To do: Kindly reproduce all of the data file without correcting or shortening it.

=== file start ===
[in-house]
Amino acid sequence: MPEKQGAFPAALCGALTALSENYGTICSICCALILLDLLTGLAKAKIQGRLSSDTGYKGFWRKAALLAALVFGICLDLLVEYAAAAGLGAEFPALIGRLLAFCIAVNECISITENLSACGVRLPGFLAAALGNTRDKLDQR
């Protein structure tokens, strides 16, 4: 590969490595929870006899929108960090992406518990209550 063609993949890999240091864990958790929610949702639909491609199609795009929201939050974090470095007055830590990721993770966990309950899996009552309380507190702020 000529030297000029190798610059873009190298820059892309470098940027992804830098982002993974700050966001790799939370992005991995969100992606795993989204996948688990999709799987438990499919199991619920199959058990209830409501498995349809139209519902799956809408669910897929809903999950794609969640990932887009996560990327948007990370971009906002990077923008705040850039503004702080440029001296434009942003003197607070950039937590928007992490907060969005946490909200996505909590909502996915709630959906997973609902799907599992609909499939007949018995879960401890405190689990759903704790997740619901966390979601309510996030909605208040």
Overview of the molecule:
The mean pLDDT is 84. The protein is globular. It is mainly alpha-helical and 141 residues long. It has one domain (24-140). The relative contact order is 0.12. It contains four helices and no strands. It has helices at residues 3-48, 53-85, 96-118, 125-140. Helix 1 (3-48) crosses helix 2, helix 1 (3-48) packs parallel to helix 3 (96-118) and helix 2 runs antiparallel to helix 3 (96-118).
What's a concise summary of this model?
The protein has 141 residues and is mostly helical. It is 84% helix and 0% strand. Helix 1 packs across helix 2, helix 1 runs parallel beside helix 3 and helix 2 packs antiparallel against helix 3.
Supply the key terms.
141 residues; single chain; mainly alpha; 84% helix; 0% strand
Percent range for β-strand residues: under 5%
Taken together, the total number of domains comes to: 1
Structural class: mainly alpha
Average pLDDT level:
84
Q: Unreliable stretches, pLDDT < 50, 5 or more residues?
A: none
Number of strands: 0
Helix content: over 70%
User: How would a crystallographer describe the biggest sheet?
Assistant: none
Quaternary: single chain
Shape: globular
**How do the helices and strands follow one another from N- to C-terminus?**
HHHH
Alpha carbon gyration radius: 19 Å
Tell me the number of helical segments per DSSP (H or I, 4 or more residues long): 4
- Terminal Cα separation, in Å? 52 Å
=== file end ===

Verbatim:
[in-house]
Amino acid sequence: MPEKQGAFPAALCGALTALSENYGTICSICCALILLDLLTGLAKAKIQGRLSSDTGYKGFWRKAALLAALVFGICLDLLVEYAAAAGLGAEFPALIGRLLAFCIAVNECISITENLSACGVRLPGFLAAALGNTRDKLDQR
């Protein structure tokens, strides 16, 4: 590969490595929870006899929108960090992406518990209550 063609993949890999240091864990958790929610949702639909491609199609795009929201939050974090470095007055830590990721993770966990309950899996009552309380507190702020 000529030297000029190798610059873009190298820059892309470098940027992804830098982002993974700050966001790799939370992005991995969100992606795993989204996948688990999709799987438990499919199991619920199959058990209830409501498995349809139209519902799956809408669910897929809903999950794609969640990932887009996560990327948007990370971009906002990077923008705040850039503004702080440029001296434009942003003197607070950039937590928007992490907060969005946490909200996505909590909502996915709630959906997973609902799907599992609909499939007949018995879960401890405190689990759903704790997740619901966390979601309510996030909605208040």
Overview of the molecule:
The mean pLDDT is 84. The protein is globular. It is mainly alpha-helical and 141 residues long. It has one domain (24-140). The relative contact order is 0.12. It contains four helices and no strands. It has helices at residues 3-48, 53-85, 96-118, 125-140. Helix 1 (3-48) crosses helix 2, helix 1 (3-48) packs parallel to helix 3 (96-118) and helix 2 runs antiparallel to helix 3 (96-118).
What's a concise summary of this model?
The protein has 141 residues and is mostly helical. It is 84% helix and 0% strand. Helix 1 packs across helix 2, helix 1 runs parallel beside helix 3 and helix 2 packs antiparallel against helix 3.
Supply the key terms.
141 residues; single chain; mainly alpha; 84% helix; 0% strand
Percent range for β-strand residues: under 5%
Taken together, the total number of domains comes to: 1
Structural class: mainly alpha
Average pLDDT level:
84
Q: Unreliable stretches, pLDDT < 50, 5 or more residues?
A: none
Number of strands: 0
Helix content: over 70%
User: How would a crystallographer describe the biggest sheet?
Assistant: none
Quaternary: single chain
Shape: globular
**How do the helices and strands follow one another from N- to C-terminus?**
HHHH
Alpha carbon gyration radius: 19 Å
Tell me the number of helical segments per DSSP (H or I, 4 or more residues long): 4
- Terminal Cα separation, in Å? 52 Å